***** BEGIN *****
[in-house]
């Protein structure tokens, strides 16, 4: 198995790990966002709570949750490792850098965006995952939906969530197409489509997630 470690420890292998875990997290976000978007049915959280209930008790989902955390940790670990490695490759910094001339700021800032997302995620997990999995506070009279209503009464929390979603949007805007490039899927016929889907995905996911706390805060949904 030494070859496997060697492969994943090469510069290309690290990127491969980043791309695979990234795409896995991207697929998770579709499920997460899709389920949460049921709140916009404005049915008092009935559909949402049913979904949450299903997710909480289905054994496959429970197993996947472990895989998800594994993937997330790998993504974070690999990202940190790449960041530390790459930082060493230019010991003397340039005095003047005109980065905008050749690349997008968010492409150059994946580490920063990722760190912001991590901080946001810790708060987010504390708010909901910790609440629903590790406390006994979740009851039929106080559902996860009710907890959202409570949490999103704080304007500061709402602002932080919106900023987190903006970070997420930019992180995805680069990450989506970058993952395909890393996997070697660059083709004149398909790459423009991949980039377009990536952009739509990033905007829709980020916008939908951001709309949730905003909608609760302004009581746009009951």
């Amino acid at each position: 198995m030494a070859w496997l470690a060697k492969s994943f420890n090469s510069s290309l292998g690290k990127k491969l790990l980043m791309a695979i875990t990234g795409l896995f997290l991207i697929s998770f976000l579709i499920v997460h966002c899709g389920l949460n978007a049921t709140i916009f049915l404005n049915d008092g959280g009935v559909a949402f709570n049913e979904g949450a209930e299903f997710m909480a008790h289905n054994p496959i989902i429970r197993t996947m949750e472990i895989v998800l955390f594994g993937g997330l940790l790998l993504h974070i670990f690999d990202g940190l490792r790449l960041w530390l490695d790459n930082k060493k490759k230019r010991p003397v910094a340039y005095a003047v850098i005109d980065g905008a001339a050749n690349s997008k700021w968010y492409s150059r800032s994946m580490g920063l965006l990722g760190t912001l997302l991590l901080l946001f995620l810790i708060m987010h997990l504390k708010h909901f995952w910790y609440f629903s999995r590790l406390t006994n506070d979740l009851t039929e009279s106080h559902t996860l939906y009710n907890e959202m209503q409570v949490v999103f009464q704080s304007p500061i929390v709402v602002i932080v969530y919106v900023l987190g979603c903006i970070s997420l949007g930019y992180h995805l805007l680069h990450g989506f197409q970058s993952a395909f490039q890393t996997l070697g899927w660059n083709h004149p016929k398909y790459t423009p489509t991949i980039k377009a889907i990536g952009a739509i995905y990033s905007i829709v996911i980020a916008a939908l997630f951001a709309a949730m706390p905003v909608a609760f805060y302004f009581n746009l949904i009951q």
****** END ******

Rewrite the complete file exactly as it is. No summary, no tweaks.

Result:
[in-house]
């Protein structure tokens, strides 16, 4: 198995790990966002709570949750490792850098965006995952939906969530197409489509997630 470690420890292998875990997290976000978007049915959280209930008790989902955390940790670990490695490759910094001339700021800032997302995620997990999995506070009279209503009464929390979603949007805007490039899927016929889907995905996911706390805060949904 030494070859496997060697492969994943090469510069290309690290990127491969980043791309695979990234795409896995991207697929998770579709499920997460899709389920949460049921709140916009404005049915008092009935559909949402049913979904949450299903997710909480289905054994496959429970197993996947472990895989998800594994993937997330790998993504974070690999990202940190790449960041530390790459930082060493230019010991003397340039005095003047005109980065905008050749690349997008968010492409150059994946580490920063990722760190912001991590901080946001810790708060987010504390708010909901910790609440629903590790406390006994979740009851039929106080559902996860009710907890959202409570949490999103704080304007500061709402602002932080919106900023987190903006970070997420930019992180995805680069990450989506970058993952395909890393996997070697660059083709004149398909790459423009991949980039377009990536952009739509990033905007829709980020916008939908951001709309949730905003909608609760302004009581746009009951």
């Amino acid at each position: 198995m030494a070859w496997l470690a060697k492969s994943f420890n090469s510069s290309l292998g690290k990127k491969l790990l980043m791309a695979i875990t990234g795409l896995f997290l991207i697929s998770f976000l579709i499920v997460h966002c899709g389920l949460n978007a049921t709140i916009f049915l404005n049915d008092g959280g009935v559909a949402f709570n049913e979904g949450a209930e299903f997710m909480a008790h289905n054994p496959i989902i429970r197993t996947m949750e472990i895989v998800l955390f594994g993937g997330l940790l790998l993504h974070i670990f690999d990202g940190l490792r790449l960041w530390l490695d790459n930082k060493k490759k230019r010991p003397v910094a340039y005095a003047v850098i005109d980065g905008a001339a050749n690349s997008k700021w968010y492409s150059r800032s994946m580490g920063l965006l990722g760190t912001l997302l991590l901080l946001f995620l810790i708060m987010h997990l504390k708010h909901f995952w910790y609440f629903s999995r590790l406390t006994n506070d979740l009851t039929e009279s106080h559902t996860l939906y009710n907890e959202m209503q409570v949490v999103f009464q704080s304007p500061i929390v709402v602002i932080v969530y919106v900023l987190g979603c903006i970070s997420l949007g930019y992180h995805l805007l680069h990450g989506f197409q970058s993952a395909f490039q890393t996997l070697g899927w660059n083709h004149p016929k398909y790459t423009p489509t991949i980039k377009a889907i990536g952009a739509i995905y990033s905007i829709v996911i980020a916008a939908l997630f951001a709309a949730m706390p905003v909608a609760f805060y302004f009581n746009l949904i009951q």